- …put your foot in a sock only to find it no longer covers your toes?
- …done yet another load of laundry only to end up with three more unpaired orphaned socks?
- …found socks tucked in the strangest places like in between couch cushions and under the entertainment center?
You may have a smooth (or fuzzy) criminal on your hands! In truth, it may be a sign of her devotion to you that your Boxer covets the stinkiest socks the most, or that your Daschund hides your socks in his secret stash to sniff and chew when you’re not looking.
Turns out your feet produce a high concentration of pheromones which your scent boosted dog likely associates with the comfort of your presence. They love you. They adore you. They simply just can’t get enough of you. Your stink is just perfume to them.
Or, it is just fun to chew on stinky stuff.
The jury is still out.
All joking aside, socks can be dangerous for your dog. If swallowed in part or in full, they can create obstructions in the digestive tract that can even be deadly.
Here are some tips if you have a sock offender on the loose in your house:
How to Stop Your Dog from Steeling Socks:
1. More Exercise
The most common reason that dogs repeatedly get into stuff they have persistently been told not to is a lack of exercise. Just like kids who bounce off the walls three days in to a rainy spring week, your dog has real needs to get enough exercise to sooth those anxious feelings that drive them to get into trouble.
For most dogs, the proverbial “walk around the block” just isn’t going to cut it. At least once or twice a week, your dog really needs to get a good run in to burn off that excess energy that can lead to destructive behavior.
Want to make sure your pooch gets plenty of exercise without giving up Sunday couch time? Time to look into an automatic ball launcher for dogs.
2. Mental Stimulation
Dogs need to be stimulated mentally as well as physically. Like most social animals, dogs are intelligent and designed to interact with their pack, including their human companions.
Check into a positive training class in your area. Once you learn a few basic training principles, you will be surprised how fast and easy it is to give your dog some new tricks to replace their old sock sniffing ways.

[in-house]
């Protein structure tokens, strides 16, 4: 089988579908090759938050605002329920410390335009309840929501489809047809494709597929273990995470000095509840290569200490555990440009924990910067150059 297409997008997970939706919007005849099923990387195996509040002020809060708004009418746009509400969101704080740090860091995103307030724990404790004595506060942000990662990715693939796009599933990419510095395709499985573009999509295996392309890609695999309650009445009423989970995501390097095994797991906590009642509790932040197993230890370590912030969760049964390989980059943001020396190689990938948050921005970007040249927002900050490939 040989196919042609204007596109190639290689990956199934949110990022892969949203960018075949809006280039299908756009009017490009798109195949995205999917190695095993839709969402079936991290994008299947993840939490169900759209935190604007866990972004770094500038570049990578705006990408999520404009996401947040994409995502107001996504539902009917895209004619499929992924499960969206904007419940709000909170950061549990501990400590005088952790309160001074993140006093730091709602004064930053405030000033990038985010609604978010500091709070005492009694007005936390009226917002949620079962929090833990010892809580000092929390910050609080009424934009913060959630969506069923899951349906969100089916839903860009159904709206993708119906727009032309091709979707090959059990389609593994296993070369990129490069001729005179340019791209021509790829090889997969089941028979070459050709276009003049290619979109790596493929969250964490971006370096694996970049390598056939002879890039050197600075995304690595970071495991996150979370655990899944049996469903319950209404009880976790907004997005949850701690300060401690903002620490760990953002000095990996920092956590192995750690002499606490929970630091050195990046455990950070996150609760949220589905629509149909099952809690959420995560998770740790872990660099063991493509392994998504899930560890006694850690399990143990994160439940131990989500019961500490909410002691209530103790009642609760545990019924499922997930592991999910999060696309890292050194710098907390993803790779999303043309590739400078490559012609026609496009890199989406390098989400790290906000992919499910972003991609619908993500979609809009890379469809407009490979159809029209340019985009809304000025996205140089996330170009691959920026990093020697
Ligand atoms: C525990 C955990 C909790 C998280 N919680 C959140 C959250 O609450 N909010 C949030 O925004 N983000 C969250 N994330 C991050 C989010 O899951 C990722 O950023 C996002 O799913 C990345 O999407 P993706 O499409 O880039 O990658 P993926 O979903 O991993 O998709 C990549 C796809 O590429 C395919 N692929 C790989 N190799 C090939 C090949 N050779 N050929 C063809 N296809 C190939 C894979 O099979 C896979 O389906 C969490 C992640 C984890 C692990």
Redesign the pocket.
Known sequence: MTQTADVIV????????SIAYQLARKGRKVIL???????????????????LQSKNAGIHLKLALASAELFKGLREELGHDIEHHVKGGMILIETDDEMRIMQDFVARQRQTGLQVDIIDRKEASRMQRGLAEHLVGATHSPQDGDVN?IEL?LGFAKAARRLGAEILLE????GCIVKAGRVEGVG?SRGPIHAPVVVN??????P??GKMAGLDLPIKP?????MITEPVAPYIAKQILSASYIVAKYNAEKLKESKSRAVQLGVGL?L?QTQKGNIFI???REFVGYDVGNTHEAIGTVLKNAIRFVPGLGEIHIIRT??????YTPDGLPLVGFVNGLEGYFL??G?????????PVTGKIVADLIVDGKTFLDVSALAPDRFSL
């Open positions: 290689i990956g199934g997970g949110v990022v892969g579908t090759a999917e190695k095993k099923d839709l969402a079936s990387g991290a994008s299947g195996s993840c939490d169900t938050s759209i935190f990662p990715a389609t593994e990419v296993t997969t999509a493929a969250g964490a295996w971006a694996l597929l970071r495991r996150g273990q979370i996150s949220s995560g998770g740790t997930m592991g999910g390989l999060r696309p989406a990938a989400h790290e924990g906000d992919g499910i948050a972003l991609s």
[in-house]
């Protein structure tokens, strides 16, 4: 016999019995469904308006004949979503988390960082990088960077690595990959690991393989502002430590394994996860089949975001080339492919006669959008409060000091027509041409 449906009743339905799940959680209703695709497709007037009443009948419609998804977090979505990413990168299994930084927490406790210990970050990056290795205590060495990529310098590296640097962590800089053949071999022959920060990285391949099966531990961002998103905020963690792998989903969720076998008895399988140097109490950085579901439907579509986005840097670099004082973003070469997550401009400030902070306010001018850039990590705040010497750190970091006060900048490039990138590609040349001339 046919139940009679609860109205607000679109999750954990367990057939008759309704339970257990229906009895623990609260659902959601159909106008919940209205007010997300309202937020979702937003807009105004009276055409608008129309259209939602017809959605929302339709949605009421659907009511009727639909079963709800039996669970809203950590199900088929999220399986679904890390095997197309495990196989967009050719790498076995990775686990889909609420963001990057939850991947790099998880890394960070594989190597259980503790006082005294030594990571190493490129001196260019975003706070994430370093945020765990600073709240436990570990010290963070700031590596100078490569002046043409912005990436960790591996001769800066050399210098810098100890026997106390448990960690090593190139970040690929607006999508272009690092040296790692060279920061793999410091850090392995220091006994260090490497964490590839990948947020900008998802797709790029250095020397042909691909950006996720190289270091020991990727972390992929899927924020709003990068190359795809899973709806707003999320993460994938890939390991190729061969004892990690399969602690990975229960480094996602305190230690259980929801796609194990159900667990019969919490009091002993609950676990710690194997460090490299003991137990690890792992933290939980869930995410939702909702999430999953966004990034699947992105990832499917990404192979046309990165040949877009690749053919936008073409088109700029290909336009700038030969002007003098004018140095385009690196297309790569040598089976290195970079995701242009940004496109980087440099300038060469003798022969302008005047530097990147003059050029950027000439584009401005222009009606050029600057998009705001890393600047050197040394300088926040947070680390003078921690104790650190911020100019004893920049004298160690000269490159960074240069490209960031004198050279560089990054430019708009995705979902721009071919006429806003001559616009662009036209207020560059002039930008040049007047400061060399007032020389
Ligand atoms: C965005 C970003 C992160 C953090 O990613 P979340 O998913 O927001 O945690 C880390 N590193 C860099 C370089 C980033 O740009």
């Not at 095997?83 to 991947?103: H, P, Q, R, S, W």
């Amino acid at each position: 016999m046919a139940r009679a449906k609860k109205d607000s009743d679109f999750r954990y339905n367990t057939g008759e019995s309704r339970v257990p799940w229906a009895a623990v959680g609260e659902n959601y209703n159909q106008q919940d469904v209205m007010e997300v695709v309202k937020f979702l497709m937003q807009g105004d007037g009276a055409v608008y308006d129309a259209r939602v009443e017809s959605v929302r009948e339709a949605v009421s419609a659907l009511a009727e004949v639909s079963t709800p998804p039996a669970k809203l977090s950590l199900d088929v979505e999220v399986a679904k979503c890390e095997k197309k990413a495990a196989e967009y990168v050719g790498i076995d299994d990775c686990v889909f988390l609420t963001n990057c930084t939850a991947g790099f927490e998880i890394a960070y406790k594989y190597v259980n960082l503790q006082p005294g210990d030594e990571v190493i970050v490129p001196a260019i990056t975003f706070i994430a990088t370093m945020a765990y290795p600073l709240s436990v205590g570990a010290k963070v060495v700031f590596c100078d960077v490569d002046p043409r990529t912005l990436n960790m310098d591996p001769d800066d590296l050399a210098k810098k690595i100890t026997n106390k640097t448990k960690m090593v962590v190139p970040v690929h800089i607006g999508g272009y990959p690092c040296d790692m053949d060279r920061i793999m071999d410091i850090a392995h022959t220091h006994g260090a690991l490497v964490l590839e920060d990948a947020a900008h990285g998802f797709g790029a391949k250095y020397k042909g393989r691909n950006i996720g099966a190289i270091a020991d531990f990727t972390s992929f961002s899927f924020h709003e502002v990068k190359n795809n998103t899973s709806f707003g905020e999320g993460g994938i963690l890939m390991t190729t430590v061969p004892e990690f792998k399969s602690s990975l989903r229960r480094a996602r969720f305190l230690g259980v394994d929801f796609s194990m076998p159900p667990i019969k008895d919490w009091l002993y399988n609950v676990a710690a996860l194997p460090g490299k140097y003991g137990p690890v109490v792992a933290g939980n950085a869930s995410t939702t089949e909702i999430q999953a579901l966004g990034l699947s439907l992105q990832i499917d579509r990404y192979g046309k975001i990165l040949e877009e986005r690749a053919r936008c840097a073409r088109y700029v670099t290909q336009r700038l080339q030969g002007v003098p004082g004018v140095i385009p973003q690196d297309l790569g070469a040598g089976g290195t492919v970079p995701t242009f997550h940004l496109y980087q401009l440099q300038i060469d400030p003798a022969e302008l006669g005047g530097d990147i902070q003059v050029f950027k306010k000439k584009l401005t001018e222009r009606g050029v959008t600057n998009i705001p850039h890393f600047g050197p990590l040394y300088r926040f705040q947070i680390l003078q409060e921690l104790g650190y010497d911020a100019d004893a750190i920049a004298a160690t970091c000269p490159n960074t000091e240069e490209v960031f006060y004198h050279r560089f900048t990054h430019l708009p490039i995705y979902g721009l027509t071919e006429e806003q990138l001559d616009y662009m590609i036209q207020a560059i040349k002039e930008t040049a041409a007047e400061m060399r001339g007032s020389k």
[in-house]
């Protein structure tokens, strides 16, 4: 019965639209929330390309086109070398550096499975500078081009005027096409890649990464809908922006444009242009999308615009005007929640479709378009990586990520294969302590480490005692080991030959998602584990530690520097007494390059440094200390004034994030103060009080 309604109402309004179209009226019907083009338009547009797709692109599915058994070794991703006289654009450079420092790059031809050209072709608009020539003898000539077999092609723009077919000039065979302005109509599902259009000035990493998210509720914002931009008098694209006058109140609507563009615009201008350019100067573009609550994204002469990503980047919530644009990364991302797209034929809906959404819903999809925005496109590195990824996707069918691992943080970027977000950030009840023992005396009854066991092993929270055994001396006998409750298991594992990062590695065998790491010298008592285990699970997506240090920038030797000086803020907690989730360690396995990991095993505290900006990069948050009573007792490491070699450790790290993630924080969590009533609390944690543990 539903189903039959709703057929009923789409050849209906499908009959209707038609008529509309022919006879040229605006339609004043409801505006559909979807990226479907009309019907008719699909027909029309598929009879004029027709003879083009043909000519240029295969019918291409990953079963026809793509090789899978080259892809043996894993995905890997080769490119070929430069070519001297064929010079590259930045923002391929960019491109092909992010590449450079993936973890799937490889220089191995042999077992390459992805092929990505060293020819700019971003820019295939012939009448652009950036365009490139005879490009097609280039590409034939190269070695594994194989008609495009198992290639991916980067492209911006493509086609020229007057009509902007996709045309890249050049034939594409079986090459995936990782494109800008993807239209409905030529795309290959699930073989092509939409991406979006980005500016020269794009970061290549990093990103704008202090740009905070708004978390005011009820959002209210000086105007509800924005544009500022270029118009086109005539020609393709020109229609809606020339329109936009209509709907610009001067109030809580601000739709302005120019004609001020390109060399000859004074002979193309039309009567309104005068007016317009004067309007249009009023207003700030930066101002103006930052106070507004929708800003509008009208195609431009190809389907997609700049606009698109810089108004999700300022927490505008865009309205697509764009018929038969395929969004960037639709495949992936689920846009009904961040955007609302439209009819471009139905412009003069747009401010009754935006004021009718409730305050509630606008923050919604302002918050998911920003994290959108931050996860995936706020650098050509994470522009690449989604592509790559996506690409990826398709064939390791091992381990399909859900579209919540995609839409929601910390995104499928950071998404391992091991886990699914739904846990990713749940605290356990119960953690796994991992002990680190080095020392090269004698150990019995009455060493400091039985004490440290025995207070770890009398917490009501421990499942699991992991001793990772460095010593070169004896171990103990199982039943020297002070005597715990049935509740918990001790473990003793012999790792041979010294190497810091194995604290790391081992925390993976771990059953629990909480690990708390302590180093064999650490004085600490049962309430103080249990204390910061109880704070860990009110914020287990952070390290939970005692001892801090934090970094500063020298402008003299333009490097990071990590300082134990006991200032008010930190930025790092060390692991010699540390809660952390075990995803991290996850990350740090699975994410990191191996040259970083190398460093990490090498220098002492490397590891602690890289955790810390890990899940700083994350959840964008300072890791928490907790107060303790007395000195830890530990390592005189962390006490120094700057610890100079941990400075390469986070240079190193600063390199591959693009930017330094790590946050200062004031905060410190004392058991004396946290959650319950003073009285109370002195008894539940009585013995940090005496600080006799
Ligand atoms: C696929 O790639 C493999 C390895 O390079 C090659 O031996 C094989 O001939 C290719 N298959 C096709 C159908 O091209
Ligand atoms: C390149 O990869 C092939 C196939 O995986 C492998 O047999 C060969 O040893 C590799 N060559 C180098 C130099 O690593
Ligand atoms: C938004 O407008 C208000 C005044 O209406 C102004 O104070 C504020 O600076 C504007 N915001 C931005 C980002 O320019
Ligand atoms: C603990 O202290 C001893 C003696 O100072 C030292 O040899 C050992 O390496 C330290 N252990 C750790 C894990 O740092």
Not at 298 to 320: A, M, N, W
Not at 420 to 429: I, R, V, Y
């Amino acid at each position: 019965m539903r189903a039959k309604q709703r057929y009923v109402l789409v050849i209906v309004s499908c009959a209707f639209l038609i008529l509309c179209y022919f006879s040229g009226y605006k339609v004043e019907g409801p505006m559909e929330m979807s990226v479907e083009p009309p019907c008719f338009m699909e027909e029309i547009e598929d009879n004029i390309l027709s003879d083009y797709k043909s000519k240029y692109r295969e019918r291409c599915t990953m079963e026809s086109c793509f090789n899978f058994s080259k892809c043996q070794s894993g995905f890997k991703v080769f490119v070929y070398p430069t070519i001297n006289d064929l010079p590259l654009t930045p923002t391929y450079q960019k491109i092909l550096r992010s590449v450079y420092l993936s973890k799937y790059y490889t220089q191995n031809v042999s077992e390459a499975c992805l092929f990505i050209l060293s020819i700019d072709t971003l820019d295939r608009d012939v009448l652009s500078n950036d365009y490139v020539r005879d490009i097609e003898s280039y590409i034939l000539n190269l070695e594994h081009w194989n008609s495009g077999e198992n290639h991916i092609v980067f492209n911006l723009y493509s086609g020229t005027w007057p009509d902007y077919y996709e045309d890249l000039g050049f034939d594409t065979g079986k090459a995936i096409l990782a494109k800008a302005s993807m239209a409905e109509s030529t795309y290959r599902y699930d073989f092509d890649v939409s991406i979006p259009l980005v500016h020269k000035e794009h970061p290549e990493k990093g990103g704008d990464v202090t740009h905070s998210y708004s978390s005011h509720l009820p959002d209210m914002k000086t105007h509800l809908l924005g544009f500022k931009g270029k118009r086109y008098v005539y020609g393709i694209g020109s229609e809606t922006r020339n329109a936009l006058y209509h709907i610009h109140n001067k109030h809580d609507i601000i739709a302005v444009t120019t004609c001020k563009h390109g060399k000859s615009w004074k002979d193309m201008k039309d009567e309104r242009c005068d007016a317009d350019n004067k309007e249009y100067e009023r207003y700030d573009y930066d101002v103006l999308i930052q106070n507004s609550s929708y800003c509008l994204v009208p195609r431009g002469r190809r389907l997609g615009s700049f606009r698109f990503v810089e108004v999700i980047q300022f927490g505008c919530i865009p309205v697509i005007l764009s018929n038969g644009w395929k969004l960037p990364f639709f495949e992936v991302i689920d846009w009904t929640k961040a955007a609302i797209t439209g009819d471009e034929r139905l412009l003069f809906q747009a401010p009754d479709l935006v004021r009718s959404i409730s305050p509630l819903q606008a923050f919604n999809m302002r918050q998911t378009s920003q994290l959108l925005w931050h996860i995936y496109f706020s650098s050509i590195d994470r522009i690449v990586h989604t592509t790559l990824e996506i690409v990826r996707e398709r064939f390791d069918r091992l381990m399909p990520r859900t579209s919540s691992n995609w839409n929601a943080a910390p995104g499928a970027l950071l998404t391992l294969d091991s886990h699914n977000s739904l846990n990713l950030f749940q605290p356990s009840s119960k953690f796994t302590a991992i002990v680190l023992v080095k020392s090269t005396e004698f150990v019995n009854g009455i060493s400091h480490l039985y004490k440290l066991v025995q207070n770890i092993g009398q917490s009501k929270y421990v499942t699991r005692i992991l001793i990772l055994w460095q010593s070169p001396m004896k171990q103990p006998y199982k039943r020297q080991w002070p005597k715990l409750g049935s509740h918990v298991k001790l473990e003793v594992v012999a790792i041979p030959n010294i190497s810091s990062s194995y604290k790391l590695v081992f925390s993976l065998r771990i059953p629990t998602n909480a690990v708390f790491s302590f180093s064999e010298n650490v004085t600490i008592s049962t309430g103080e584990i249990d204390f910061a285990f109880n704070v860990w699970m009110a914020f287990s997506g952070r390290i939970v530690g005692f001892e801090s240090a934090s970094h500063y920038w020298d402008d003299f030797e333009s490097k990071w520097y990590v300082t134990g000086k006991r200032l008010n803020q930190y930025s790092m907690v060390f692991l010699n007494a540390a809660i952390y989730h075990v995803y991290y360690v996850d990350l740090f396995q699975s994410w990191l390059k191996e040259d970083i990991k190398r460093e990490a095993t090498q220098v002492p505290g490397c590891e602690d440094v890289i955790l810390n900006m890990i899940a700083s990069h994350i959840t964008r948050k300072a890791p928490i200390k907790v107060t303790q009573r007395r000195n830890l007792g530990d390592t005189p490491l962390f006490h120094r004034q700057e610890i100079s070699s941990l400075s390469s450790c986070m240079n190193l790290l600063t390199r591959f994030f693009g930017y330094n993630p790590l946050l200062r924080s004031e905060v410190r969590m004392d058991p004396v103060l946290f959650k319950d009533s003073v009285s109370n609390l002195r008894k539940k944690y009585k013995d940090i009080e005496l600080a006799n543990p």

On a related note, have you considered joining any fun dog sports? Agility, Flyball, Dock Diving and even Dog Parkour are all great ways to check both the mental and physical stimulation boxes. Plus, you will learn lots of great positive training techniques which will come in handy for nipping sock-seeking behavior in the bud.
3. Appropriate Toys
All canines, particularly for the first few years, have a strong drive to chew. Your Beagle’s sock fetish may simply be about the nice soft texture and satisfying tear apart effect typical of knit fabrics. This is particularly true for teething puppies who have a very strong drive to always have something in their mouths to sooth the painful growth of adult teeth.
Praise your pup for chewing on safe toys that you have provided and continue to take away socks with a stern tone. Over time that will be enough to stop most sock chewing.
4. Trick Socks
What do you think would happen if your dog goes in for a nice stinky sock expecting some funky toe jam and gets an unpleasant (to them) taste of sour apple spray? It might not stop them the first time, but it won’t take long for them to get the picture.
Socks will soon make their “No Thanks!” list. Make sure to buy a no chew product made specifically for dogs. PRO TIP – make sure you know which socks are the “treated” ones. You don’t want to make the mistake of wearing them to the gym!
5. Pick Up Your Socks
As a last resort, when all else fails, you can try the unthinkable – picking up your socks off the floor. We know, this chore seems an almost fascist level of cleanliness, but alas, sometimes it is the only solution to rehabilitating your furry sock thief once and for all!
If it helps ease the pain and humiliation of having to pick up after yourself, even many professional dog trainers have had to resort to this old chestnut, known as: “Be smarter than your dog. Manage their environment by removing access to hazards.”